A sound chemicals control is necessary for a sustainable development. The Swedish Chemicals Agency is cooperating with several countries, regions and organisations to support the development of a sound chemicals management.
It is important to manage chemicals in a safe way in order to avoid harm to human health and the environment. If chemicals are handled incorrectly, it can lead to huge costs to the society. Control of chemicals before they are placed on the national market is a necessary part of a sound chemicals management, but the preventive chemicals control is in many countries non-existent or very weak.
The Swedish Chemicals Agency are cooperating with several countries and regions as a part of the Swedish development cooperation (development aid). The cooperation is done in global, regional and bilateral programmes run by the Swedish Chemicals Agency, with funding from the Swedish International Development Cooperation Agency (Sida).
Examples of activities within the Swedish Chemicals Agency’s development cooperation programmes:
- Support for the development of national legislation.
- Develop and strengthen the capacity for chemicals control at authorities and training to develop core competence, especially in the areas such as risk assessment, risk management, systems for informing about risks (classification and labelling, safety data sheets), chemicals register and enforcement.
- Support the implementation of the global chemicals strategy SAICM and conventions in the area of chemicals.
In development cooperation, it is important that the partner countries have a political will to lead themselves and take responsibility for their development. The partner countries are responsible for the capacity to implement the projects, with support from the Swedish Chemicals Agency.
What countries could be possible partner countries in development cooperation with the Swedish Chemicals Agency is governed by Sweden’s policy for global development together with the Government policies and development cooperation strategies for specific countries, regions and fields of work.
Other types of cooperation with strategic countries
The Government has a allocated specific funds for bilateral cooperation with countries that have a significant impact on the global environment and/or global environment and climate cooperation. Four Swedish authorities are participating in the bilateral cooperation projects: The Swedish Chemicals Agency, the Swedish Agency for Marine and Water Management (HaV), the Swedish Environmental Protection Agency and the Swedish Meteorological and Hydrological Institute (SMHI). The Swedish Environmental Protection Agency is deciding about the distribution of the funds.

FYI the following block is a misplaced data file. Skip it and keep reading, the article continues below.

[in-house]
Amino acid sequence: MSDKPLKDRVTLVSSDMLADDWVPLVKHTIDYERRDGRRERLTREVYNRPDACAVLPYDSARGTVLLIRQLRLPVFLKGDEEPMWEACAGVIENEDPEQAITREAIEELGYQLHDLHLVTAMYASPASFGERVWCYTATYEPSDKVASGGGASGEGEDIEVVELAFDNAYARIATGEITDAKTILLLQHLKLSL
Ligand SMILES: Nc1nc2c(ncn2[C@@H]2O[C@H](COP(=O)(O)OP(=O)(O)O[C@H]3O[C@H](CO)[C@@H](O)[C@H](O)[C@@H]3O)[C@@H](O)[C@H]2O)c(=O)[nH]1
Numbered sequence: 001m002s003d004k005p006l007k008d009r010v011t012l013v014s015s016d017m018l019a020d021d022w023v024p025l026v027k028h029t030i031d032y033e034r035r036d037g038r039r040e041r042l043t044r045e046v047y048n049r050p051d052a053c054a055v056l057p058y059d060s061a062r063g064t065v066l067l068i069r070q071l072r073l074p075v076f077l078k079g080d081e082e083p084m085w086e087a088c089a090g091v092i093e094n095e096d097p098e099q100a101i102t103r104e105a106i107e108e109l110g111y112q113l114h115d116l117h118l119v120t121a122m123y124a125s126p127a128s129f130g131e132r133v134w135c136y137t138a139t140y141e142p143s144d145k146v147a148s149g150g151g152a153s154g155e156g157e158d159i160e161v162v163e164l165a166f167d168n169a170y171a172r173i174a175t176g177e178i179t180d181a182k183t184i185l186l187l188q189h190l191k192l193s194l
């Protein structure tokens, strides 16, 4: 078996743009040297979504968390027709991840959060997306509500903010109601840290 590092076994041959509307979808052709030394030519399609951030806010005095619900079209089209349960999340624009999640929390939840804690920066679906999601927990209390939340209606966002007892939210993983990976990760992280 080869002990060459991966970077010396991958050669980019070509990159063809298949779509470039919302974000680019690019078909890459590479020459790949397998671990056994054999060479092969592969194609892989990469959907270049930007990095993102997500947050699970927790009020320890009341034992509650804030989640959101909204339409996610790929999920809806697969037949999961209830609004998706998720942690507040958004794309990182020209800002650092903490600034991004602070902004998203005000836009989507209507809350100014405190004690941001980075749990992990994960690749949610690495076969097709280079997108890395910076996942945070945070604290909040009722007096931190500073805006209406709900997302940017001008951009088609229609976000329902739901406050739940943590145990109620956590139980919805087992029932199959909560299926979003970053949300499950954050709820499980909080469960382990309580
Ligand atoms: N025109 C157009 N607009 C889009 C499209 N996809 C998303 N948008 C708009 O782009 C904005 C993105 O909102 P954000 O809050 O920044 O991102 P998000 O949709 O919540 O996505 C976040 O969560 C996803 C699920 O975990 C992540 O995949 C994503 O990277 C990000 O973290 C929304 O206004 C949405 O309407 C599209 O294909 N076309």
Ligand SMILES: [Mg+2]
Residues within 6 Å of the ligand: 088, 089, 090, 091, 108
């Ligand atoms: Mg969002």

The Swedish Chemicals Agency is currently cooperating with Brazil, Indonesia, South Africa, South Korea, Vietnam and Argentina.
The Nordic Council of Ministers for environment and climate is leading the Nordic environment cooperation. The cooperation is aiming to contribute to long-term solutions to common environmental problems, and is governed by the "Programme for Nordic Co-operation on the Environment and Climate 2019-2024". One prioritised area in the programme is “Chemicals – environment and health”, where the Nordic countries are working towards minimising the risks for environment and human health caused by chemical substances and chemicals in products.
Activities that are prioritised shall contribute to the development of the preventive chemicals control and strengthened development and implementation of the legislation for EU/EES. Other international chemicals issues are also prioritised, where the Nordic countries can cooperate in the pursuit of their interest with a greater impact and with a better result than if the countries would have operated on their own. The collaboration between the countries shall in that way contribute to a sustainable development in the Nordic region, in EU/EES and globally, and enhance the implementation of the global development goals in Agenda 2030.
The Swedish Chemicals Agency is participating in the Working group for Chemicals, Environment, and Health (NKE) under the Nordic Council of Ministers. This is group was previously called the Nordic Chemical Group (NKG). The chemicals authorities in Denmark, Finland, Iceland, Norway and Faeroe Islands are also represented in the NKE.
The Nordic Council of Ministers allocates funds every year for different projects relating to chemicals. The funds are used to for example develop decision documentation and consultancy studies. The cooperation between the Nordic authorities is mainly conducted in projects that are initiated and implemented by subgroups to NKE, within a dozen different fields.
Read more on the site of the Nordic Chemicals Group on the website of the Nordic Council of Ministers (the site will be updated in spring 2019 in accordance with the new programme for cooperation).
Sweden is a member of the Organisation for Economic Co-operation and Development (OECD). The Swedish Chemicals Agency is the Swedish national contact point for the OECD Chemicals Programme.